15. 15. Not forgetting digital inclusion <ul><li>Its complex – and its still an issue: </li></ul><ul><ul><li>Ten million of us in the UK have never used the internet. </li></ul></ul><ul><ul><li>Four million of those who are offline are society’s most disadvantaged </li></ul></ul><ul><li>But when we get there we participate: </li></ul><ul><ul><li>One fifth (21%) of Internet users undertook at least one civic action on the Internet </li></ul></ul><ul><ul><li>Once retired people are online they are more likely than students or employed users to be civically engaged. </li></ul></ul><ul><li>And we have reached the tipping point with this channel </li></ul><ul><ul><li>40m adults in the UK use the web, and 30 million of us do so daily. </li></ul></ul><ul><ul><li>This is about changing the balance – not ignoring the other channels </li></ul></ul>Citizenscape a product by Public-i
  16. 16. The social web is about the people and the content This is no longer a question of getting people to visit your space – you need to engage with them in theirs
  17. 17. And there are a variety of conversations going on Citizenscape: a product by Public-i
  18. 18. Mainstream tools – don’t build stuff that already exists Citizenscape a product by Public-i
  19. 19. This is what we think it looks like Citizenscape a product by Public-i
  20. 20. Unexpected things will happen <ul><li>You can no longer expect to be able to broadcast your message without a conversational channel </li></ul><ul><li>If you genuinely want to create ongoing dialogue and engagement then you need to listen </li></ul><ul><li>There will be good and bad surprises – enjoy the upside and manage the risk </li></ul>Citizenscape a product by Public-i
  21. 21. At the heart of this are really fantastic events Citizenscape a product by Public-i
  22. 22. And the right digital wrapper Citizenscape a product by Public-i
  23. 23. Our objective it that when you leave the conversations continue
  24. 24. Openly Local Citizenscape a product by Public-i
  25. 25. Buckshaw Village Forum Citizenscape a product by Public-i
  26. 26. Harringay Online Citizenscape a product by Public-i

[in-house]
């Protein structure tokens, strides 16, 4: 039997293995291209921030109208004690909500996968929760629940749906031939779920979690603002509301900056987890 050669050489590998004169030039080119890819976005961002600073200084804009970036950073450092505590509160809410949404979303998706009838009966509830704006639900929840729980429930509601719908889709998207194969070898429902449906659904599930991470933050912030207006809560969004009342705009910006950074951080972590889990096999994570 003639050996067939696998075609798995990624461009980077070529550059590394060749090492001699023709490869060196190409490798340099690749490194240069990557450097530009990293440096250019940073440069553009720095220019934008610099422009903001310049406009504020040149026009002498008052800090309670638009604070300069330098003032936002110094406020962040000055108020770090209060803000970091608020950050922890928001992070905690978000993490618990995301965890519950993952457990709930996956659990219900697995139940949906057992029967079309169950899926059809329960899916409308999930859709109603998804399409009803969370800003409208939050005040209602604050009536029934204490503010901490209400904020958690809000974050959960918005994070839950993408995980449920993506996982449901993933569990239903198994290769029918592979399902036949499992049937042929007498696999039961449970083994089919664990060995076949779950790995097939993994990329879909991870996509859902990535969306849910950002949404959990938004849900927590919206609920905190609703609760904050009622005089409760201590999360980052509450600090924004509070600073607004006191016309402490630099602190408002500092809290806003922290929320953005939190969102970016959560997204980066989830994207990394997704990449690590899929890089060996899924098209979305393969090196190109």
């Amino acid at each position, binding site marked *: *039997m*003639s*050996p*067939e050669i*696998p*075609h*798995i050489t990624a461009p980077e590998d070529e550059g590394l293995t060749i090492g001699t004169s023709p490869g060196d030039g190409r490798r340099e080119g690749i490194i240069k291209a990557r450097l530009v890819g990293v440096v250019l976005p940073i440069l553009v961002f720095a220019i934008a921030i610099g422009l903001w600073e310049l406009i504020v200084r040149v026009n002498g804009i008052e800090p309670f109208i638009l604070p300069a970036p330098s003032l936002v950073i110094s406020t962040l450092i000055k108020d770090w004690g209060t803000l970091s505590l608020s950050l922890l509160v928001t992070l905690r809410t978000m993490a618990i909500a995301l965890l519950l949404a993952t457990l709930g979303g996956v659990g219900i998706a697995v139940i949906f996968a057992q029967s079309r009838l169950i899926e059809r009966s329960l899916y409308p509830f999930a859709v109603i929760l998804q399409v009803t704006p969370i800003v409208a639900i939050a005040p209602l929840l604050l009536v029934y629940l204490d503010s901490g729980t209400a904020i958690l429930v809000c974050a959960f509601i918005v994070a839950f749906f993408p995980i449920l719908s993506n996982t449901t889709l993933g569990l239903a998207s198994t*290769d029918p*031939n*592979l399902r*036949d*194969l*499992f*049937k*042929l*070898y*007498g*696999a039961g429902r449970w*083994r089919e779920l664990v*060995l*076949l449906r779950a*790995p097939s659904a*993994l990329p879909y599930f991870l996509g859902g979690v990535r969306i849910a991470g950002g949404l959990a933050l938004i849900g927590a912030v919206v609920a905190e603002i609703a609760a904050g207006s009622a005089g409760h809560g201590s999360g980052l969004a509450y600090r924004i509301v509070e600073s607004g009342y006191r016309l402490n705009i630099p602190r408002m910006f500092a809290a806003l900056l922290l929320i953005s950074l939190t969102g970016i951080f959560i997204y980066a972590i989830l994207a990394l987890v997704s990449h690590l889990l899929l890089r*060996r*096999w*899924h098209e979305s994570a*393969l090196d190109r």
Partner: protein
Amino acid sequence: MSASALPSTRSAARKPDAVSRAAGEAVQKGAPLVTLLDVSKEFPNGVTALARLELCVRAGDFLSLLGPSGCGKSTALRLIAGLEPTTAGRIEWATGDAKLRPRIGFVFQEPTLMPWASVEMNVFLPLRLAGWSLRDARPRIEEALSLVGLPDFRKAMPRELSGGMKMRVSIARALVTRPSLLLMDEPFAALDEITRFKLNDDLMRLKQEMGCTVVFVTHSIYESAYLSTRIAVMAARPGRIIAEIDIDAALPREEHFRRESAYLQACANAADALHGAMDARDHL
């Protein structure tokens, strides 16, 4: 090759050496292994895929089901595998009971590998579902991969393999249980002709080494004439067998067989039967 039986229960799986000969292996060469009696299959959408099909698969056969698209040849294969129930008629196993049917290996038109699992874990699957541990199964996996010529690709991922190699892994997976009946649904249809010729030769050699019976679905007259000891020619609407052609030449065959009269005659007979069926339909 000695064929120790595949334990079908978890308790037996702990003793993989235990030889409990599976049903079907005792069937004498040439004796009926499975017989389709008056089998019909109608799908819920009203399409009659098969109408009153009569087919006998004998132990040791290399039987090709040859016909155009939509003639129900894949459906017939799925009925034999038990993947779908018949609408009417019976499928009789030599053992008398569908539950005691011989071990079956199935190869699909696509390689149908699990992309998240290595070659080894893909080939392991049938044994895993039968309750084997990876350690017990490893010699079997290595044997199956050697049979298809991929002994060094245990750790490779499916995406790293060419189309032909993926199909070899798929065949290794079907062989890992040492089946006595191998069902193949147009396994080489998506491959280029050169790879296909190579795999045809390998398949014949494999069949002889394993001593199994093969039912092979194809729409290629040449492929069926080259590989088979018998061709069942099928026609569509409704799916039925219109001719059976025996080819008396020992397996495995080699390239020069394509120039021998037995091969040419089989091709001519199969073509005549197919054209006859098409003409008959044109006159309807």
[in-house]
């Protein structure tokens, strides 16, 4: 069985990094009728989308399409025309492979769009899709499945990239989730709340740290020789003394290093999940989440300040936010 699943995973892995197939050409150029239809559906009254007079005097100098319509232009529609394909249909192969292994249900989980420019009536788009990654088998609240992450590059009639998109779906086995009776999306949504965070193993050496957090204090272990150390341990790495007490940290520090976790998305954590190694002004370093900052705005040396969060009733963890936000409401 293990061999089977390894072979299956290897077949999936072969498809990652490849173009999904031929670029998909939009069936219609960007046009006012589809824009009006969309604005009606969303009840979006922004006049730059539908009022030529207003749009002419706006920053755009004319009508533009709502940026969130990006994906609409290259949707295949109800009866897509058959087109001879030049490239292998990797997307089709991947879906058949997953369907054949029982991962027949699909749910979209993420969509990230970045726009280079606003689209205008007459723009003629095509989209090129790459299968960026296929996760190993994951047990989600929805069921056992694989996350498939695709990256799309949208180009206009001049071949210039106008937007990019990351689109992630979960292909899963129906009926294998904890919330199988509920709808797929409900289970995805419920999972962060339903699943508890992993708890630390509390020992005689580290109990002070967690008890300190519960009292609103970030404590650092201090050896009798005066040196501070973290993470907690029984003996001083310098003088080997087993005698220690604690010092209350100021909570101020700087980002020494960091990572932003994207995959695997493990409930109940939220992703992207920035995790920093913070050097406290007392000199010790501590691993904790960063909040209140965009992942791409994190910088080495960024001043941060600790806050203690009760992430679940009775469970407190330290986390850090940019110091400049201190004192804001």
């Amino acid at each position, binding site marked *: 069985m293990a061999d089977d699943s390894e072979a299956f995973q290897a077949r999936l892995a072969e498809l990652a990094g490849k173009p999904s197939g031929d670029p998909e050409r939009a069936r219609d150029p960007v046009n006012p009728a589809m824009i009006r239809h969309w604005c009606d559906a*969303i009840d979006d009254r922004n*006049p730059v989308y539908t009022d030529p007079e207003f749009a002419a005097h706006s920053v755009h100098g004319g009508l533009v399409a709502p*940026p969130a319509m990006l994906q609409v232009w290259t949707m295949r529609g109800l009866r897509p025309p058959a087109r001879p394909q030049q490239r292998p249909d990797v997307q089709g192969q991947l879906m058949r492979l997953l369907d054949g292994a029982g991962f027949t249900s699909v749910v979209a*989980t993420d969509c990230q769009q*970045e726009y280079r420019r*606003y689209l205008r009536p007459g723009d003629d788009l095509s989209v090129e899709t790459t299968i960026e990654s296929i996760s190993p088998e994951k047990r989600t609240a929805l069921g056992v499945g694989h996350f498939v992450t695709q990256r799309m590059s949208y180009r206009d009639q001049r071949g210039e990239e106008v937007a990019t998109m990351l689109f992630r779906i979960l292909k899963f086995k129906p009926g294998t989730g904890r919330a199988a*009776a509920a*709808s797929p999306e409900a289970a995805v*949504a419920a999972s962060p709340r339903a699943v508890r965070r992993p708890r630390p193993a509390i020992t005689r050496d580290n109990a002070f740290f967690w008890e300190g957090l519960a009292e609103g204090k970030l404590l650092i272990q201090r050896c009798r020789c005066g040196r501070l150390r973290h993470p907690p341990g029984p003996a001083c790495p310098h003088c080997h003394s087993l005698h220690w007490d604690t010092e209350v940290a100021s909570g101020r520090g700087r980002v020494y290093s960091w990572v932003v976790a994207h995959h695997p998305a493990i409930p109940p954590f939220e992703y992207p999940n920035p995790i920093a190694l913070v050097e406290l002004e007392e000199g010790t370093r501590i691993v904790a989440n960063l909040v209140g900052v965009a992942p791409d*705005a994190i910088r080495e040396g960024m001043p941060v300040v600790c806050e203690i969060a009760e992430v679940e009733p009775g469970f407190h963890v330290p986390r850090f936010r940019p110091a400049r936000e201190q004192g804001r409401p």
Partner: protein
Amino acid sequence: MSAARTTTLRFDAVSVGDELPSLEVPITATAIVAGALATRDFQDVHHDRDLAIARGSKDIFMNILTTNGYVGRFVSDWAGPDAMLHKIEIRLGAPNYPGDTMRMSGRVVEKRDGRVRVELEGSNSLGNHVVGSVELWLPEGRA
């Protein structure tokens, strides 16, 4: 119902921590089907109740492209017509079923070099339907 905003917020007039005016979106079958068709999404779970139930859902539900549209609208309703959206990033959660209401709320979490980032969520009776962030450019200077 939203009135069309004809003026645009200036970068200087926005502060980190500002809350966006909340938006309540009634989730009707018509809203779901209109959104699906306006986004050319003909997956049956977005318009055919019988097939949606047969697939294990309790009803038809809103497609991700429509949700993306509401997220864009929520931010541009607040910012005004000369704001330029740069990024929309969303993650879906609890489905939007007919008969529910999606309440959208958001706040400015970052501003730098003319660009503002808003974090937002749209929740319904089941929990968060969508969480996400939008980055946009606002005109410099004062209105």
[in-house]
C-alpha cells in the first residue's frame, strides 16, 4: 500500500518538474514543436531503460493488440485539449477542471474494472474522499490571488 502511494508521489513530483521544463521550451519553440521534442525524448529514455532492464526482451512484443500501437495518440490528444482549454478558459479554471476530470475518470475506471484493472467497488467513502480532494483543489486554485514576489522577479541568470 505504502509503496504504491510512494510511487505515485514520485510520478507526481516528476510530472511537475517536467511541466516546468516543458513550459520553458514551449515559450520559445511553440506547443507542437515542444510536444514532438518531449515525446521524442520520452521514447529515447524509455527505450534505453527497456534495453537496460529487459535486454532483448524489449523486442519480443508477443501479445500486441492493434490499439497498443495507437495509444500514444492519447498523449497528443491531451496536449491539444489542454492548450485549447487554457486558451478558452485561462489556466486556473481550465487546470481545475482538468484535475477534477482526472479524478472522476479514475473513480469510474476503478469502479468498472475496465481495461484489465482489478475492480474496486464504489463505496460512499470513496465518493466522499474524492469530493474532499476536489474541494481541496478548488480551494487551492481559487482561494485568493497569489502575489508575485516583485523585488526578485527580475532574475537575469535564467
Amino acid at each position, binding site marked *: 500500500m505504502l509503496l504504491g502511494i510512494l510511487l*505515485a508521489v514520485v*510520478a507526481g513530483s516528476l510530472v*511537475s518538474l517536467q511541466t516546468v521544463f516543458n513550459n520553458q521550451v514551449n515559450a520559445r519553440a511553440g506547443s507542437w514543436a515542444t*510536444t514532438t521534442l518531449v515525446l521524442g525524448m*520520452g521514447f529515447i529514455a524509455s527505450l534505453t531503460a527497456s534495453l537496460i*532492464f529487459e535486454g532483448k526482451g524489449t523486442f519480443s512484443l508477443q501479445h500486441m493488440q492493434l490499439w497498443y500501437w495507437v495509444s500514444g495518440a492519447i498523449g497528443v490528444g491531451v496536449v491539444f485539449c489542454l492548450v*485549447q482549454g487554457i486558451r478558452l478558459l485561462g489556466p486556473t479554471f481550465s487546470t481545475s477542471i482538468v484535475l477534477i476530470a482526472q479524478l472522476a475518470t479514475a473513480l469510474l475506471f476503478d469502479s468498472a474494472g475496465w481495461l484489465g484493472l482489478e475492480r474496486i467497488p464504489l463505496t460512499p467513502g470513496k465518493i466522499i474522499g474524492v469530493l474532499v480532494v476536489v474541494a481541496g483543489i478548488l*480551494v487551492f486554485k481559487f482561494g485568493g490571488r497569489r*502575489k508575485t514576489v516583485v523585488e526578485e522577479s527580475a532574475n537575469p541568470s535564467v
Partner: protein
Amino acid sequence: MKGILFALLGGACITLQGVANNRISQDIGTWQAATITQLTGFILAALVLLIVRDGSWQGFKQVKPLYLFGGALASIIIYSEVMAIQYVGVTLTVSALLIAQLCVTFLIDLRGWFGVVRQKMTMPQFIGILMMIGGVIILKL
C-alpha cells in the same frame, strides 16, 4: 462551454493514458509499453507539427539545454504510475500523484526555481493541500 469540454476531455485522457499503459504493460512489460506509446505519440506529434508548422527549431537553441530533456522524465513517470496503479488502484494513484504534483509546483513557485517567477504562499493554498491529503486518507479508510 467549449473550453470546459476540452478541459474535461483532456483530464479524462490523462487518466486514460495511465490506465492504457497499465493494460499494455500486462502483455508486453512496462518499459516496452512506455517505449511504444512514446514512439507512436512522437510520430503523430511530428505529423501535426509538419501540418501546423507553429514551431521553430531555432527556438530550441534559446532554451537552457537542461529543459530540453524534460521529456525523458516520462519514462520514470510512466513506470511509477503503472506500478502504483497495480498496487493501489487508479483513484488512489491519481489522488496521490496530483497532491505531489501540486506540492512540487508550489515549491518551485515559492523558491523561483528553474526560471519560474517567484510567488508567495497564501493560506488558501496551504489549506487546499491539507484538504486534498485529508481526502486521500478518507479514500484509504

27. 27. Brighton Issues Forum Citizenscape a product by Public-i
  28. 28. I Love Tunbridge Wells Citizenscape a product by Public-i
  29. 29. Admiral’s Way, Test Valley Citizenscape a product by Public-i
  30. 30. Bourneville Village Citizenscape a product by Public-i
  31. 31. None of these have been created or run by the Council though they may have been helped
  32. 32. Previously you controlled the resources and so you knew you would be involved How will you make sure you are an essential part in the process?
  33. 33. People are talking…… ……they’re just not talking to you
  34. 34. Why should I care when I am facing massive budget cuts?
  35. 35. Because you need to stay relevant <ul><li>You know you need to be part of your community to lead it effectively </li></ul><ul><li>You know you need to understand the culture in order to be able to support it – the social web is in fact another country and most people are in the process of moving there </li></ul>Citizenscape a product by Public-i
  36. 36. There are incremental savings to be made <ul><li>But the real prize in terms of cost savings is around co-production of services </li></ul><ul><ul><li>Change the way in which you work with the public </li></ul></ul><ul><ul><li>Enable them to look after themselves to a far greater extent </li></ul></ul><ul><ul><li>Yes….this is the Big Society </li></ul></ul>
  37. 37. Because the conversations will happen anyway Its government’s responsibility to make sure the outcomes are democratic
  38. 38. Co-production – what do you mean? <ul><li>Co-production: Involving all participants in both the design and delivery of a service </li></ul><ul><ul><li>It describes a new kind of relationship with the public – one where we expect them to act not just comment </li></ul></ul><ul><li>And some references: </li></ul><ul><ul><li> </li></ul></ul><ul><ul><li> </li></ul></ul><ul><ul><li> </li></ul></ul>Citizenscape a product by Public-i
  39. 39. To do this you need a co-productive space LOCAL CIVIC SPACE Presented by Catherine Howe, Chief Executive Public-i
  40. 40. For example….. Citizenscape: a product by Public-i
  41. 41. As your communities start to self organise more effectively you need to understand where you add value to this process Its not about resources anymore
  42. 42. Citizenscape a product by Public-i Citizenscape a product by Public-i | Presented to Client x Thank you for your time <ul><li>Catherine Howe, Chief Executive, Public-i Group Ltd </li></ul><ul><ul><li>[email_address] </li></ul></ul><ul><ul><li> </li></ul></ul><ul><ul><li>@curiousc </li></ul></ul>